Settling in…

It’s ten days since we were sitting on the ferry heading away from Rum. We had our cat, our dog, as many possessions as we could pack in and a whole load of hopes, wishes, frets and crossed fingers in the car on the car deck.

Ten days later we’re back in the caravan on Rum again for a few nights. On the day we left 1000 trees arrived for us, so we’re back to plant those, to check on our livestock and to collect a few more belongings.

It’s been a busy week and a half. We’ve got no mobile phone signal at the house and our landline and internet is not due to be up and running until next week so we are ironically more cut off there than we have been here at the moment. So we’ve been driving or walking out each day to get signal to check emails and messages, make contact with family and friends, keep on top of all of the arrangements that come with a house move, ensure Davies does not fall behind with his studying, stay in touch with Rum to make sure everything is OK here and start the process of setting up our new lives too.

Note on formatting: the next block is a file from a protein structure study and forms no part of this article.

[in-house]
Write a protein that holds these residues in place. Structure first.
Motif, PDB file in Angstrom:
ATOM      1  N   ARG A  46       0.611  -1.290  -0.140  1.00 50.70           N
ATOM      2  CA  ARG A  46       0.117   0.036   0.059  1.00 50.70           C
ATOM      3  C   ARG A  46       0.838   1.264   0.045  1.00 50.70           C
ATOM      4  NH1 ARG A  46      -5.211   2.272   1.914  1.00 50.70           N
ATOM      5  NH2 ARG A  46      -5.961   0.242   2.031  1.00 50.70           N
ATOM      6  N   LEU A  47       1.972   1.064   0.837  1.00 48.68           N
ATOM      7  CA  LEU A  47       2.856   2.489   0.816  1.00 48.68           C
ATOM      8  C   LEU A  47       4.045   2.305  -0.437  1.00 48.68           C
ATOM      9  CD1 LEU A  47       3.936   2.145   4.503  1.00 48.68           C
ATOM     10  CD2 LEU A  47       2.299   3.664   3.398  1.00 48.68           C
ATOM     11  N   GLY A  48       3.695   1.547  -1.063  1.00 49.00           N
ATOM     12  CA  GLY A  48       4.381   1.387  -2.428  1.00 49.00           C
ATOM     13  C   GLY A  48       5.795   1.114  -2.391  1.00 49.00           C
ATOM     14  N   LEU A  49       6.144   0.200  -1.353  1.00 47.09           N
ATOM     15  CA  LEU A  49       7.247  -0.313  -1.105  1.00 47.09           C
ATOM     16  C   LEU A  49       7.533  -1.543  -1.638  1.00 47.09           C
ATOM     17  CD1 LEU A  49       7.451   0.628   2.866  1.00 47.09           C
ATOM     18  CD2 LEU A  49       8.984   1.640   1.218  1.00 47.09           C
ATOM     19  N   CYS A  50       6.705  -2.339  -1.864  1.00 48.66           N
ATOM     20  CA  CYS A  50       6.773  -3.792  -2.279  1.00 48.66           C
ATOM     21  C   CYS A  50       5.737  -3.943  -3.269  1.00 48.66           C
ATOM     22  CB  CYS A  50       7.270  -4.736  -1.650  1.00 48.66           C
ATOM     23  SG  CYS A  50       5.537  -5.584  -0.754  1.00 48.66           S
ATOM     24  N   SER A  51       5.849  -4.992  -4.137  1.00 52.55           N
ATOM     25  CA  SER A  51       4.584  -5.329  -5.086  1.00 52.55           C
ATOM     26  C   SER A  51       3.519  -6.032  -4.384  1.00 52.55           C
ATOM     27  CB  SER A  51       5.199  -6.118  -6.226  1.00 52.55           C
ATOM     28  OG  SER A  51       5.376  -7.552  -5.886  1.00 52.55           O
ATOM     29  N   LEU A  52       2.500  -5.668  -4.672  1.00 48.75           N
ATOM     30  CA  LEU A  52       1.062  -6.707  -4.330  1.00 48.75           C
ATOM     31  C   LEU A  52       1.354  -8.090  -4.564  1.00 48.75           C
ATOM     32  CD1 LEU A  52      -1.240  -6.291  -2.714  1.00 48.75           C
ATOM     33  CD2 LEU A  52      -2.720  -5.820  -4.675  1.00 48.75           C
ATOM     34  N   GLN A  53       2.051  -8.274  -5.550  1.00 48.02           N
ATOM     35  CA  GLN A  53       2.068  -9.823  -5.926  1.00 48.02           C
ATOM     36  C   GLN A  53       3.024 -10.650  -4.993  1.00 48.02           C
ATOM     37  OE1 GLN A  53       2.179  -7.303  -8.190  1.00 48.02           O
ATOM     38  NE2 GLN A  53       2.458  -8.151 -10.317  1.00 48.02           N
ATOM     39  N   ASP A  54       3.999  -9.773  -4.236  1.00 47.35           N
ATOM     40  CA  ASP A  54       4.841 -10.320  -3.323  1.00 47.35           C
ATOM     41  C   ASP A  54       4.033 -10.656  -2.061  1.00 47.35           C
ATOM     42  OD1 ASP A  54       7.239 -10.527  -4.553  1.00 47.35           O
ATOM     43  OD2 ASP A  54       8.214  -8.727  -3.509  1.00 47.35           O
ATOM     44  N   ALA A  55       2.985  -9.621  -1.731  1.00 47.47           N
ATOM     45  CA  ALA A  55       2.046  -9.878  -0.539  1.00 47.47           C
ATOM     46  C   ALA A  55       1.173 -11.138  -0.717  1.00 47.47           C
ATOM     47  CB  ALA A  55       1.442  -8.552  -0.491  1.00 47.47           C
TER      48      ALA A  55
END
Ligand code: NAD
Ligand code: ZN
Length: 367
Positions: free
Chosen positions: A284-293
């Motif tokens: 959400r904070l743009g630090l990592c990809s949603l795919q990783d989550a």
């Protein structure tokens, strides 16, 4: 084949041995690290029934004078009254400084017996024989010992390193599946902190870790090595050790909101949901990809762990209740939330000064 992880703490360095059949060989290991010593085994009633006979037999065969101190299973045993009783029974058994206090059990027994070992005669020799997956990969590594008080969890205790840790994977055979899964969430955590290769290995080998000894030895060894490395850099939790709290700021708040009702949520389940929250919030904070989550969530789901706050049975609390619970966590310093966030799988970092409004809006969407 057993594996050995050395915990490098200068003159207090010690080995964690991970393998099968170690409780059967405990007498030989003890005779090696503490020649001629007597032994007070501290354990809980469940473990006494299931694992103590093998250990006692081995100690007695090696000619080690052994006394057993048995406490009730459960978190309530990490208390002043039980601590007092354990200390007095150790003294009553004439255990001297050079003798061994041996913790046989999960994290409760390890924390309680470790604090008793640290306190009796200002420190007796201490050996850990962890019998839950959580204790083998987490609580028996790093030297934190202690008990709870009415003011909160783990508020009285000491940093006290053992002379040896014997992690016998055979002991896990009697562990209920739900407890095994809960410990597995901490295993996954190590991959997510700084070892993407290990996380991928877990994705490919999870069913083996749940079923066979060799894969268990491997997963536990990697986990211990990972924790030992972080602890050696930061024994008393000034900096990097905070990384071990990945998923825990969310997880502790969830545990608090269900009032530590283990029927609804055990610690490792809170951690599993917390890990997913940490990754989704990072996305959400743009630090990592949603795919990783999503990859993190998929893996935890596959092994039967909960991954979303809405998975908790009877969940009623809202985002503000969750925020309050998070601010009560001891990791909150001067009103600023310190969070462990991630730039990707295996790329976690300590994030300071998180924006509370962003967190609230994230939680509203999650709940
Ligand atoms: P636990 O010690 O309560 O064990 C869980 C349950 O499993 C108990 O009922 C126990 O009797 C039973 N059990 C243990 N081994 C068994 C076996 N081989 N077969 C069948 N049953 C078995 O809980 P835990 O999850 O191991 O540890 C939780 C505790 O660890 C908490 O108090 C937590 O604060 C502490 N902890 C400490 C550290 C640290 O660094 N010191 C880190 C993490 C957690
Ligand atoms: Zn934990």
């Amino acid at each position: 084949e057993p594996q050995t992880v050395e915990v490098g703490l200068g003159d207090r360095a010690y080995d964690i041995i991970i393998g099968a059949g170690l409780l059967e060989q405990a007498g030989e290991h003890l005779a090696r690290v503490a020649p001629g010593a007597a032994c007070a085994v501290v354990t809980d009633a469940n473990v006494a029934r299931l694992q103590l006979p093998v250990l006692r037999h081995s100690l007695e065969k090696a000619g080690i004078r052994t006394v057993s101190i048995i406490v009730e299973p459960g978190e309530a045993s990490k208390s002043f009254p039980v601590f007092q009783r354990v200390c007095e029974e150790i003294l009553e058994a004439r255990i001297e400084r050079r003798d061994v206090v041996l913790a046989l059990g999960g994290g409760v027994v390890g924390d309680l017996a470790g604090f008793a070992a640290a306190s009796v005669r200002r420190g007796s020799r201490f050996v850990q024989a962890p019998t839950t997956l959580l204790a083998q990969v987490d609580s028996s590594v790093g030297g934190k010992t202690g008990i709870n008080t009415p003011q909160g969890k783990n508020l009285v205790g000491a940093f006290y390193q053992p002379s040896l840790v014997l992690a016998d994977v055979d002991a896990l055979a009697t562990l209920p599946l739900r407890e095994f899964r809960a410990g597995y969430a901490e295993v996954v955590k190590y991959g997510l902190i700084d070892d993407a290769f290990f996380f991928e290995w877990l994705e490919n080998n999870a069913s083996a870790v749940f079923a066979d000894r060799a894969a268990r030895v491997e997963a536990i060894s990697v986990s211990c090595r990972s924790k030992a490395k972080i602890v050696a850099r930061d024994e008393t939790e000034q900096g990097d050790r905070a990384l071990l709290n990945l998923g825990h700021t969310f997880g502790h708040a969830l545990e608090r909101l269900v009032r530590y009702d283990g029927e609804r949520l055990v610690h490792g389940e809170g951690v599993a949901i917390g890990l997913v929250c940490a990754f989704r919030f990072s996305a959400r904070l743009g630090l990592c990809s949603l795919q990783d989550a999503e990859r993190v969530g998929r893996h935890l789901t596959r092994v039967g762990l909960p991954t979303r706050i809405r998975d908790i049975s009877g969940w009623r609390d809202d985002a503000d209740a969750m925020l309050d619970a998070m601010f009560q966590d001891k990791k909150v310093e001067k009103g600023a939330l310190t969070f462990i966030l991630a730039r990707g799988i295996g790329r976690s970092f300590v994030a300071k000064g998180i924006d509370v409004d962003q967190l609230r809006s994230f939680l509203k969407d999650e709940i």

Most of this has been done sitting in a car park about 5 miles from our house. We are almost directly between two villages, the larger of the two has two shops, a post office, fuel, a couple of craft shops, cafe, hotels, B&Bs, tourist office, school, library and community centre. By mainland standards we are still pretty remote, by Rum standards this is a sprawling metropolis! The car park is in this larger village and we can pick up 4G mobile phone signal which allows us to hook up the laptop and use our car as a sort of mobile office / classroom.

As offices go this one certainly has a good view, even if a steering wheel is an unconventional desk furniture!